One support worker said he believed Mr Dunne was not capable of violence.
Nicolescu, who has an address at Branista Village, Damovita County, Romania, insisted to gardaí in a voluntary statement he made at a Bucharest police station on January 16, 2020, that he did not kill Mr Dunne.
The Romanian chef said he was in fear of his life that night (December 27) after being confronted by two armed men with the lifeless body of Mr Dunne at their feet.
He told gardaí one man was armed with a large sword like a machete and the other had a knife.
Nicolescu insisted to gardaí that these two men were responsible for Mr Dunne's death and dismemberment, and that he left Ireland days after the killing because he was afraid.
"I was afraid that I could go to jail for something that I did not do," he said.
Nicolescu insisted that he found a lifeless body (Mr Dunne) on the ground at Castle Greine in front of two men he did not know.
He said both men were wearing gloves and one had a red beard. One also sounded Irish.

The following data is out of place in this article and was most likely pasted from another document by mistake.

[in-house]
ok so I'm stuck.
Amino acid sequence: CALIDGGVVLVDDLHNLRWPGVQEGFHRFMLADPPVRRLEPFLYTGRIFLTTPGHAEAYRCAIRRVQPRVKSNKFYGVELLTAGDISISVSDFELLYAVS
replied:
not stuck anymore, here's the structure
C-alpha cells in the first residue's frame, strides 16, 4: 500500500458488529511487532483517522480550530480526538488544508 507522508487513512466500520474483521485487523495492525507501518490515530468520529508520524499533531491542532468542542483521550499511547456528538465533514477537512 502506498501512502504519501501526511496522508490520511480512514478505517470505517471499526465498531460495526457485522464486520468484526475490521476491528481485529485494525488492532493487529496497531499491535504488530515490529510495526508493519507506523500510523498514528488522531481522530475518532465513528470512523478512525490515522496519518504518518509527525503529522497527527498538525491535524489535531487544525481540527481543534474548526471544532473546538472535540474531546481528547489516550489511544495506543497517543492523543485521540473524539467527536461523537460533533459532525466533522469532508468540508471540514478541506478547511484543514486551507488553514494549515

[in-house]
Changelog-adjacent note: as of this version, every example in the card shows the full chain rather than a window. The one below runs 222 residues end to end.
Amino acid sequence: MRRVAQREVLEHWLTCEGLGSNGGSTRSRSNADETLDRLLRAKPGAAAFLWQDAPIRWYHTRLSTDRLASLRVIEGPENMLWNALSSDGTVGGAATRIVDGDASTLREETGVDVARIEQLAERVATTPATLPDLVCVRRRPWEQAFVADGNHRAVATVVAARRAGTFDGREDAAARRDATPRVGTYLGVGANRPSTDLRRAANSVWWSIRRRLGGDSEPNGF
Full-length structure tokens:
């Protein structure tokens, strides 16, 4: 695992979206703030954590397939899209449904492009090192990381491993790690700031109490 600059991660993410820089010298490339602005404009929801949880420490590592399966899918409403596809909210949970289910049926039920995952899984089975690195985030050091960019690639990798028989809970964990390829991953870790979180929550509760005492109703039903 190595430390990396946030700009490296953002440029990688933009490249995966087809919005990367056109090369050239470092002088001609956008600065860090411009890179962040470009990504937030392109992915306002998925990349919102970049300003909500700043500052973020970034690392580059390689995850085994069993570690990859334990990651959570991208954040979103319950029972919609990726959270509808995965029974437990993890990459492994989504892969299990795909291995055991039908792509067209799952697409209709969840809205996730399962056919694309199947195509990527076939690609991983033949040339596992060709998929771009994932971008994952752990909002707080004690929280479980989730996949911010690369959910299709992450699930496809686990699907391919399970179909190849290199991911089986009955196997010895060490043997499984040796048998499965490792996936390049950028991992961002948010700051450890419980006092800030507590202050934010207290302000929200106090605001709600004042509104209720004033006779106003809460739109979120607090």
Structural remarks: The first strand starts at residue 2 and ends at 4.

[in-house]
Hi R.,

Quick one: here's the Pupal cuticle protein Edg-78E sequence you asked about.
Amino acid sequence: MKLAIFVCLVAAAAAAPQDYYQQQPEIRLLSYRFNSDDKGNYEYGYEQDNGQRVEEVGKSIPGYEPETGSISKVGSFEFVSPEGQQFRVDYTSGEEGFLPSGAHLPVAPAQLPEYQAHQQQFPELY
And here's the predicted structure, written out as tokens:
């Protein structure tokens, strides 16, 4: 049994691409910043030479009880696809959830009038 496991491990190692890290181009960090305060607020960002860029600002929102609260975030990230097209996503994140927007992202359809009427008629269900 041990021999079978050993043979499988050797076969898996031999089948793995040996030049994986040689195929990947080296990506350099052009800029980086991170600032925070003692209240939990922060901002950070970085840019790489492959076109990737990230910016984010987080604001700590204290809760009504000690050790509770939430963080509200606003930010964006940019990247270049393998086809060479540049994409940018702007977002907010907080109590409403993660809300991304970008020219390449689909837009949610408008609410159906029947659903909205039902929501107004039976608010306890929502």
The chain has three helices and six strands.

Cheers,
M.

“There was a man with a sword or a machete – I was fearful. He told me to follow him.”
Nicolescu was adamant that the man with the red beard had decapitated Mr Dunne.
“I backed up a little. I was afraid. The second man who looked Irish dragged him (Mr Dunne) to the back of the house. There was no sign of life. The second man started to disrobe the man he had dragged.
“He appeared dead to me. They took off his shoes and pulled off his pants. I saw the second man was armed with a knife. The fat man with the machete pulled out a roll of trash bags from his pocket and threw them near the body.
“I grabbed the head and put it in the bag. I was trembling with fear.”
In a phone call with a senior garda as he was travelling between Ireland and Romania, Nicolescu insisted it was the two men who were responsible.
“There were two men – one guy was behind me with a big sword like a machete. He told me to shut the f*** up. I did not know how to react. I said: ‘I don’t want to die – don’t hit me with the sword.’ He (the large man) told me to come with him or he was going to burst my head with the sword.